Originally written on isportsweb.com  |  Last updated 11/9/14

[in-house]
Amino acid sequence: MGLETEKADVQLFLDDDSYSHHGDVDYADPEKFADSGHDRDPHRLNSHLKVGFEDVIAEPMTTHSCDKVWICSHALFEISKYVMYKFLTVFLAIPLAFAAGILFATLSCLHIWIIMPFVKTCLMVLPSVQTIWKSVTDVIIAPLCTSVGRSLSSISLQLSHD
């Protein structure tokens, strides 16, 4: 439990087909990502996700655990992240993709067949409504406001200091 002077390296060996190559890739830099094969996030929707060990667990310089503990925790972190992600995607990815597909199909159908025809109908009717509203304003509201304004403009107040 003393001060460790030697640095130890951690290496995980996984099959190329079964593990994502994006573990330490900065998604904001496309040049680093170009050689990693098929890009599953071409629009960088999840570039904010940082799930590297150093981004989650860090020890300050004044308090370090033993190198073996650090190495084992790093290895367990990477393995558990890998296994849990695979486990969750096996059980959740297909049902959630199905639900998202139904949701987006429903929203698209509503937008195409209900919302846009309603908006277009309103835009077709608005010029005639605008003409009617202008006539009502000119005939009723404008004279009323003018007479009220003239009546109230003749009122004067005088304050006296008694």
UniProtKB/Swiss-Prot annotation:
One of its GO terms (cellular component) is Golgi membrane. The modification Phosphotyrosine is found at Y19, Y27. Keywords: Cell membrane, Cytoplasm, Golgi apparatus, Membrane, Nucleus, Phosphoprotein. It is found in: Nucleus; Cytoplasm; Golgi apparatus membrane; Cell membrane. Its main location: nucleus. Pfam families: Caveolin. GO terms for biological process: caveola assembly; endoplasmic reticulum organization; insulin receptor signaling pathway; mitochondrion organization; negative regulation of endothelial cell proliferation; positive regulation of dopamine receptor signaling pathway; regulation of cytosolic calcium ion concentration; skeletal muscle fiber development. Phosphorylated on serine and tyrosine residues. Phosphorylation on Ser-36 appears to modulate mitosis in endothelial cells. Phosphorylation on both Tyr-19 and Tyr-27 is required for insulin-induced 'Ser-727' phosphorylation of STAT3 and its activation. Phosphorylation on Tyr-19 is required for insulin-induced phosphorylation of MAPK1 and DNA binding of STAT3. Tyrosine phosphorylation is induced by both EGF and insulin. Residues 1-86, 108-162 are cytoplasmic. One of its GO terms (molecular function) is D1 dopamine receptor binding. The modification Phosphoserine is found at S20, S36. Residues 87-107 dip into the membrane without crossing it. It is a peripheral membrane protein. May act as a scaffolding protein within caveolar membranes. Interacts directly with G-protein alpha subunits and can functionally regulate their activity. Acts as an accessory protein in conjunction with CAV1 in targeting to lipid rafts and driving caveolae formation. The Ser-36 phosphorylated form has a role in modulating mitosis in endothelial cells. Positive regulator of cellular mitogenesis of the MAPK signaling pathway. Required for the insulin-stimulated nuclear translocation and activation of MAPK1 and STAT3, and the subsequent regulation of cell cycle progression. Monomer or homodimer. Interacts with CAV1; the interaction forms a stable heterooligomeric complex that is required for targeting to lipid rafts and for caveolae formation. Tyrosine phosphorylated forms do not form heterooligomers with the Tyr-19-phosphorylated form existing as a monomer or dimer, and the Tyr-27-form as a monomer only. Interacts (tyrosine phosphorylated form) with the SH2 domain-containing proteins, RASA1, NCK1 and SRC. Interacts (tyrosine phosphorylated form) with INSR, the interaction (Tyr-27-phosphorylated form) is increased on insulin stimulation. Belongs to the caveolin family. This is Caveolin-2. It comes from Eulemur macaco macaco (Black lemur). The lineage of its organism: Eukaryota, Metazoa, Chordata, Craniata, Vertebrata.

College football week 6 was less about favorites excelling and more about favorites surviving.  With a host of near-upsets and games that were far closer than they should have been, the Top 25 came perilously close to a major shakeup.  Just to summarize: It started on Thursday night with Texas’ ill-gotten 31-30 win at Iowa State.  The officials seemingly botched the final minutes with a blown call on a would-be turnover.  #12 UCLA nearly fell at Utah; the Utes cut the lead to seven at 34-27 before running out of time.  UCF needed a fourth-quarter rally to top Memphis 24-17. Oklahoma squandered a dominant first half in its 20-17 win over TCU.  #13 South Carolina was missing Jadeveon Clowney in a fairly pathetic 35-28 victory over lowly Kentucky.  #6 Georgia nearly had a monumental letdown at Tennessee before a 34-31 overtime win.  #21 Oklahoma State was outplayed by Kansas State but eked out a 33-29 win in Stillwater.  #4 Ohio State overcame a shaky first half to weather Northwestern’s attack by a final of 40-30.  And in Palo Alto, #5 Stanford let Washington back in the game with a fourth-quarter rally that led to a 31-28 Cardinal win. But for a few plays each of these squads, including the four undefeated and six ranked teams, might have been knocked off.  How different would the AP Poll have looked going into week 7? Best Win of The Week: Florida State 63, Maryland 0 in Tallahassee Florida State’s Jameis Winston had Maryland flailing in Sturday’s 63-0 blowout (Getty/ Gammons) Lest the score deceive you, remember that this was a matchup of ranked teams.  By virtue of a hot start, the Terps came into town sporting a #25 ranking and had many people, the Tailgater crew included, thinking that they’d be able to keep things close against FSU.  After all, the Seminoles looked vulnerable against a Boston College team that isn’t as talented as Maryland. Florida State went to work immediately, proving that the shaky victory in Chestnut Hill was probably a fluke.  Granted, Maryland had to endure the loss of QB C.J. Brown.  It was a setback that the team couldn’t overcome; Brown’s second-quarter concussion turned a 14-0 deficit into an insurmountable lead.  As Maryland found itself unable to move the football, FSU’s Jameis Winston took center stage, completing 23 of 32 passes for 393 yards and five touchdowns.  In total, FSU outgained Maryland 614-234 and held the ball for nearly 35 minutes. It was a good old-fashioned woodshed job, a demolition that vaults FSU into the limelight in advance of its crucial week 7 tilt at Clemson.  Both the ‘Noles and Tigers have three critical matchups this season.  Clemson survived its first by narrowly topping Georgia at home, and now it will be tested by Winston’s arm.  Florida State is about to get its first true challenge this year with Miami and Florida still on the schedule. Honorable Mention: Ohio State 40, Northwestern 30 in Evanston As mentioned above, this win was hardly Ohio State’s best performance.  However, the Buckeyes went on the road, took Northwestern’s best shot and survived.  The Buckeyes played about as poorly as they could, particularly in terms of Braxton Miller’s terrible night.  But in spite of all the negatives, they won the toughest game on their schedule in 2013 as they work toward the Big Ten title game. ***** Worst Win of the Week: Georgia 34, Tennessee 31 in Knoxville Alton “Pig” Howard had a great effort end in disaster when the ball slipped from his hand for a touchback in Tennessee’s overtime loss to Georgia (CBS Sports) Only one week removed from edging LSU and earning the best win of the week, Georgia stumbled badly at Tennessee.  It took some good fortune and a heartbreaking mistake by the Vols for the ‘Dawgs to keep their BCS hopes alive, and given that Tennessee had barely escaped Southern Alabama the week before, this kind of victory has to have Georgia fans alarmed. Granted, the Bulldogs were missing numerous key players.  Might the outcome have been different if Todd Gurley wasn’t in street clothes?  If Keith Marshall hadn’t left in the first quarter with a season-ending torn ACL?  If wideout Justin Scott-Wesley hadn’t torn his ACL as well?  Two high-impact players blowing out their knees is as unlikely as it is devastating; the bottom line is that Georgia wasn’t close to full strength for most of this game.  And the losses certainly helped Tennessee turn what should have been a rout into an overtime thriller. All that said, explanations can’t excuse.  Even with a few of its primary pieces missing, Georgia should have been able to handle Tennessee with relative ease.  The “dawgs didn’t turn the ball over.  Aaron Murray was adequate if not outstanding, completing 19 of 35 for 196 yards and three touchdowns.  Backup RB J.J. Green compiled 129 yards on just 17 carries in relief of Gurley and Marshall.  Statistically, the offense did more than enough to earn a lopsided win over an outgunned Vols team. Unfortunately for them, someone forgot to remind Tennessee that it isn’t very good.  The Vols tallied 404 total yards, blocked a punt for a touchdown, and had Georgia right where they wanted it in the closing minutes.  A touchdown drive put Tennessee up 31-24 with under two minutes left, but just as it seemed that the improbable would happen, the UT defense sputtered.  Murray executed the two-minute drill to perfection, tying the game with seconds remaining.  In overtime, Tennessee had a second opportunity to win.  But Alton Howard, in a tremendous effort to stretch across the goalline, lost control of the ball.  As it slipped from his hand and through the endzone, Tennessee’s touchdown went with it, and Georgia field goal prevented disaster for the Bulldogs. (Dis)Honorable Mention: UCF 24, Memphis 17 in Memphis So many games to choose from.  UCF gets the nod here because the Knights were beginning to emerge as a potential challenger to Louisville’s AAC dominance.  After a 4-0 start, UCF barely lost to South Carolina.  How, then, did this team almost drop one against a sub-.500 Memphis program? ***** Upset of the Week: Indiana 44, Penn State 24 in Bloomington Tailback Tevin Coleman compiled 147 yards of offense, teaming with QB Nate Sudfield to lead Indiana to its first-ever win over Penn State (AP/ McSchooler) As discussed, this week was about the almost.  We came so close to seeing so many upsets that could have changed the college football landscape, but instead the honor for win of the week here goes to Indiana.  Auburn’s win over Ole Miss is worthy of mention, though it now appears that the Rebels were probably overrated at #24.  South Florida and FIU both earned their first wins of the year in upsets over Cincinnati and Southern Miss, respectively.  But the Hoosiers had never beaten Penn State.  Not in 16 tries. Breaking that ugly streak deserves some recognition, even if neither team is having a particularly strong season. The series, which dates back to 1993, has featured a mix of close games and blowout defeats.  Penn State won 27-24 in 2000 and 22-18 in 2004.  In between were wins of 58-25 and 52-7.  regardless of how it looked doing it, Indiana managed to lose to the Nittany Lions every time and had been outscored, coming into Saturday’s contest, by a combined 601-333. The Hoosiers were able to get the monkey off their back thanks to a stingy rush defense that rendered Penn State one-dimensional and a passing attack by Nate Sudfield that kept the points piling up.  Sudfield finished 23 of 38 through the air for 321 and two touchdowns.  He did suffer an interception, but for the most part was highly effective as Indiana outgained PSU 486-410.  Penn State’s Christian Hackenberg kept the Lions in it for a while, but even his 340 passing yards weren’t enough. Penn State led briefly at 14-13, but that would prove to be their only lead of the day.  The second half was all Indiana. AND THE GAME BALLS GO TO… Strobl: Carlos Hyde, RB- Ohio State On a night when his quarterback looked tentative and out of sorts, Hyde stepped up as a dependable and unstoppable horse.  On a night when his defense was victimized by Northwestern’s array of weapons, Hyde found the endzone three times to help ensure a huge road win for the Buckeyes.  Ohio State hardly looked its best on Saturday, trailing for much of the first half and needing a late game stop to ice the win, but Hyde’s 168 yards and three scores were what made the difference between OSU’s eighteenth consecutive win and being knocked from the ranks of the unbeaten.  From his first touch of the game it became clear that the Wildcats’ front seven couldn’t handle the load Hyde delivered; at 6.5 yards per carry he extended drives and kept Ohio State on track for a BCS bowl.  It was a statement rushing attack in primetime. John Mitchell: Jameis Winston, QB- Florida State The redshirt freshman quarterback looks like the Heisman favorite so far this season. Johnny Manziel broke the freshman barrier last season, and Winston could make it back to back if he continues this level of play. This was thought to be a trap game for Florida State coming two weeks prior to their showdown with Clemson with a bye week looming. Maryland was undefeated and ranked, and figured to give the ‘Noles a game. Instead, Winston keyed Florida State’s emphatic 63-0 win over the Terps. He passed for 393 yards and 5 touchdowns in the win. For the season, Winston has 1441 yards, 17 touchdowns to two interceptions through the air. He is completing 73% of his passes and is the second highest rated passer in the country this season behind Baylor’s Bryce Petty. Zach Bigalke: Andre Williams, RB- Boston College Nobody has had a better single-game worry on the ground this season than Williams. Against Army on Saturday, the 6’0″, 227-pound senior broke his career highs in yardage and touchdowns. Williams piled up 263 rushing yards and five touchdowns in the 48-27 victory, accounting for more than half of his team’s 523 yards of total offense. After the government shutdown threatened to cancel this contest, nobody is happier than Williams that he got to play this weekend.